Tic, toc, TikTok: U.S. launches plan to force sale of app

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Tic, toc, TikTok: U.S. launches plan to force sale of app

Last week, camouflaged among a foreign aid package, a law was passed in the United States that could ban TikTok in that country. In the absence of robust regulation on personal data or digital platforms, the measure constitutes the largest U.S. action against a social networking company. With Joe Biden's signature, the countdown begins for ByteDance - the company that owns the app - to challenge the rule in court or sell its flagship product. 

For years, TikTok has been the subject of suspicion from political voices in the United States, who find that the application could be used by the Chinese government to obtain private information from users and to distribute propaganda on its behalf. 

Like many companies in China, ByteDance is legally required to establish an internal committee composed of Communist Party members. In addition, the government owns 1% of Douyin Information Service, a domestic subsidiary of ByteDance. According to Shou Zi Chew, CEO of TikTok, this stake is actually a license to operate in that country. 

Since 2020, following pressure from the Donald Trump administration, TikTok has sought to distance itself from the Chinese government. Among other things, in 2022 the company launched the so-called Project Texas, an initiative to store its U.S. users' data on Oracle servers located in the United States, which in theory would serve to protect them from foreign actors. 

The company has accompanied its defense with the deployment of lobbying campaigns to prevent measures against it. Last year, when Chew was called to testify before Congress, TikTok covered the expenses of dozens of influencers who came to Washington to oppose a possible sanction. 

In recent weeks, during the discussion of the rule that was finally approved, TikTok provided a message on its platform to suggest its users to call legislators to express their rejection of the bill: "Let Congress know what TikTok means to you and tell them to vote NO", could be read on an option to call Capitol Hill. 

TikTok message during the discussion of the law in the United States.

This action, however, could have backfired and was labeled as a form of manipulation. "While Congress was discussing how a foreign company could influence domestic politics, TikTok demonstrated just how it can manipulate user behavior in the face of political processes," said David Carrol, a privacy rights activist.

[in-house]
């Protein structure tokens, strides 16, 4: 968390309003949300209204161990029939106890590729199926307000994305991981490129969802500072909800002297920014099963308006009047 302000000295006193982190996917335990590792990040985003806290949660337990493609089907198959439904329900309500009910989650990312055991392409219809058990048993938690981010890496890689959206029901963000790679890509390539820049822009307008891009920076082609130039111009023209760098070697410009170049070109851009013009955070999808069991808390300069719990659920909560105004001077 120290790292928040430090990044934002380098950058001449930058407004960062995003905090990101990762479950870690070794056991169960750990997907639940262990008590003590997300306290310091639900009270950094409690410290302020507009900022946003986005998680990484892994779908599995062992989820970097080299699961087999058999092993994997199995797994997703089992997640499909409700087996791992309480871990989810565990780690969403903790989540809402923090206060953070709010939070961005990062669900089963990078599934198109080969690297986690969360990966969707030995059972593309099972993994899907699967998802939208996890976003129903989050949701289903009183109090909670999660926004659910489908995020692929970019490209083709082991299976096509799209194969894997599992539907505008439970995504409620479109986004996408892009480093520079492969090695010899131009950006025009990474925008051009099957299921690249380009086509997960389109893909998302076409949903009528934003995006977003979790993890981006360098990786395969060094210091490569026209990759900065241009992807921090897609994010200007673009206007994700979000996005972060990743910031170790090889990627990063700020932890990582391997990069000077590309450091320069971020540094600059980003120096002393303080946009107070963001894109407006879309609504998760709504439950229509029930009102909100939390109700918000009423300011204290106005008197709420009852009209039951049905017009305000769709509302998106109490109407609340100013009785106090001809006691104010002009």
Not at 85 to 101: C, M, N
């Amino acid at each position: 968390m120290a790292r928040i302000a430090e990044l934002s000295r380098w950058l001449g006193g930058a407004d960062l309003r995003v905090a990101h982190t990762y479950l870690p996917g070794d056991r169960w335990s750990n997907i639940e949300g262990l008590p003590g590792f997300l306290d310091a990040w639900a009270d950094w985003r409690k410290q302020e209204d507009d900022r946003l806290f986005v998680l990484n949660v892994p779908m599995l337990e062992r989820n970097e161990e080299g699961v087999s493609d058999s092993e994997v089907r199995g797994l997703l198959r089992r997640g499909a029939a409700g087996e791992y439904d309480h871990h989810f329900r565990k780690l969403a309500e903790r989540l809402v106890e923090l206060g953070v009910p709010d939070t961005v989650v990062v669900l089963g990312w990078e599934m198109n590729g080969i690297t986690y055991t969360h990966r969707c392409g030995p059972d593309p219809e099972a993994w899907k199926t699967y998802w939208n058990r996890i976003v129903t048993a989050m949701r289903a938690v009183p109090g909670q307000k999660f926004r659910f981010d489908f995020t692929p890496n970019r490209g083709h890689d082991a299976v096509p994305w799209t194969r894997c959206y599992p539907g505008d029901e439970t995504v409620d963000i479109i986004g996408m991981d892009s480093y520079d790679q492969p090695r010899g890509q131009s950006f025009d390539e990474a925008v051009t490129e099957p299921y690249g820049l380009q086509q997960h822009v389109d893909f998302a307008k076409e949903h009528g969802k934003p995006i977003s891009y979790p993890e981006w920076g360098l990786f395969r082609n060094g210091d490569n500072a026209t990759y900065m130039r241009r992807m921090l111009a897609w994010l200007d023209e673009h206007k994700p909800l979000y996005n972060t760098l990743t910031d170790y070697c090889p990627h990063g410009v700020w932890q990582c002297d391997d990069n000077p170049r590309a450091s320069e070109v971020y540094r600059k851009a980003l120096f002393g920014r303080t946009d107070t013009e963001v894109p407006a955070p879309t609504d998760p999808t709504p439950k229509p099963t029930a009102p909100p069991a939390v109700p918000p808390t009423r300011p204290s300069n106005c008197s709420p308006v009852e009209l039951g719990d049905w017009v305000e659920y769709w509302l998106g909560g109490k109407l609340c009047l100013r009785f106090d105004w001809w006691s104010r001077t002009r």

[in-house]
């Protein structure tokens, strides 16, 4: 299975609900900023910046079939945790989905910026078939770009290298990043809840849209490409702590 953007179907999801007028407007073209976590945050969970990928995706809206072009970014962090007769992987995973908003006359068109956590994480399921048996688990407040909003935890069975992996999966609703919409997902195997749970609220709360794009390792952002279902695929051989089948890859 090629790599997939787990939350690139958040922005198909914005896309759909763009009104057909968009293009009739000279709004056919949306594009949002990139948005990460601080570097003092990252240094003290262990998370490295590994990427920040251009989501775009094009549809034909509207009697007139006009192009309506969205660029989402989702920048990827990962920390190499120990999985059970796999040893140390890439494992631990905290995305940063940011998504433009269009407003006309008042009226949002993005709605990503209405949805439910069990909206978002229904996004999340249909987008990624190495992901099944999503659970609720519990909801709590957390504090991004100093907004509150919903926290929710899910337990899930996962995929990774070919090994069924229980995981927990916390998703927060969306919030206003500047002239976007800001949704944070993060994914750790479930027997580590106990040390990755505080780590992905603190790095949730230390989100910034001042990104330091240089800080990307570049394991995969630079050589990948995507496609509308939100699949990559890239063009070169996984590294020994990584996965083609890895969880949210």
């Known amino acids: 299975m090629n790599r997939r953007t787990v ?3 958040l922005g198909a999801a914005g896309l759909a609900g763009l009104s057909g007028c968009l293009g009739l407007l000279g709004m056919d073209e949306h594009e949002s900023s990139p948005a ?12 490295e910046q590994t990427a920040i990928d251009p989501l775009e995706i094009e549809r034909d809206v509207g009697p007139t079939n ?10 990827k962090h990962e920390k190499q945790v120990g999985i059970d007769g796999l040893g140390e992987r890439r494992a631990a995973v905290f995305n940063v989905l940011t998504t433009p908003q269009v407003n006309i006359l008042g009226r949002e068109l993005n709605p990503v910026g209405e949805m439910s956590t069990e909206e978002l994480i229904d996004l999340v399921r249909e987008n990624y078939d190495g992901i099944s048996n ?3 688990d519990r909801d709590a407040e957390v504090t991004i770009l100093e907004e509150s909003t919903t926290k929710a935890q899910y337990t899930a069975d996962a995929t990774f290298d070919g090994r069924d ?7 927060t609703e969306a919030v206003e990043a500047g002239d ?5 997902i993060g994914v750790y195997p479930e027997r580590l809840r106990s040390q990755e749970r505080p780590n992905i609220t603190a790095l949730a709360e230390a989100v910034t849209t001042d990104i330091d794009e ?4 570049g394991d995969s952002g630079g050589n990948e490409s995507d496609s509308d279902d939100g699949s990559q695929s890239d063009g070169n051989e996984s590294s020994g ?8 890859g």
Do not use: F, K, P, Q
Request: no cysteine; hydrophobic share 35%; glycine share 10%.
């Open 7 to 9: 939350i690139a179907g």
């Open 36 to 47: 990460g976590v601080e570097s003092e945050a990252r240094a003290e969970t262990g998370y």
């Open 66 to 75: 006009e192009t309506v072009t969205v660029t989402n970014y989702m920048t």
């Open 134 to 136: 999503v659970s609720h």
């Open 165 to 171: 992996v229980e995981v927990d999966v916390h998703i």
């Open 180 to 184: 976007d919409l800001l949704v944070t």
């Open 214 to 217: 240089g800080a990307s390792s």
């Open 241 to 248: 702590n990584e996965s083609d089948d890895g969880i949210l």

The passage of the rule, known as the Protecting Americans from Apps Controlled by Foreign Enemies Act, condenses the concerns of members of both the Republican and Democratic parties. ByteDance now has a nine-month deadline to separate itself from the app, on pain of being banned by the government at the national level. 

It is not yet clear what the scope of the rule might be or how an eventual sale of TikTok involving only its U.S. operation might be effected. First, there are difficulties in estimating how much the company might cost - the figure could range from $20 billion to $100 billion, according to the Wall Street Journal. In addition, there is the question of whether a sale would include one of the fundamental factors of the application: its recommendation algorithm, as this is actually part of the core of ByteDance's operations and the company would not be willing to hand it over to its competitors. According to information from Reuters, ByteDance would prefer to suspend its activity in the United States before separating from TikTok. 

"We're not going anywhere," Chew said in a video posted on the platform following the law's passage, in which he also assured that TikTok would exhaust available legal remedies to oppose it. 

In principle, U.S. jurisprudence would tend to support TikTok, since the First Amendment, which enshrines the right to freedom of speech in the United States, covers even foreign propaganda. However, the argument of the protection of national security, which both Congress and the government use to support the ban or forced sale, could convince the Supreme Court to let the law stand. 

In any case, there is no public evidence that the relationship between ByteDance and the Chinese government may be being exploited in the way that supporters of the law assume, nor that this rule can prevent this from actually happening. 

According to technology journalists Justin Hendrix and Ben Lennett, there is no concrete reason to consider that TikTok has been a channel of Chinese influence more than other social networks, nor that the data from this platform is more useful to Chinese intelligence than any other dataset available in the global market. In the scenario that the law dispute reaches the Supreme Court, the U.S. government will have to offer information to prove what are so far hypotheses. 

The dispute is also part of the narrative of a supposed digital cold war between China and the United States, according to which the idea of national security protection could enable measures that affect millions of users in that country. For José Marichal, a professor at California Lutheran University, this type of reaction undermines the ideal of an open Internet: "We have moved from a commitment to Internet freedom to effective censorship of an incredibly popular social network for the sole reason that it belongs to a rival nation," he said in a piece published in Tech Policy.

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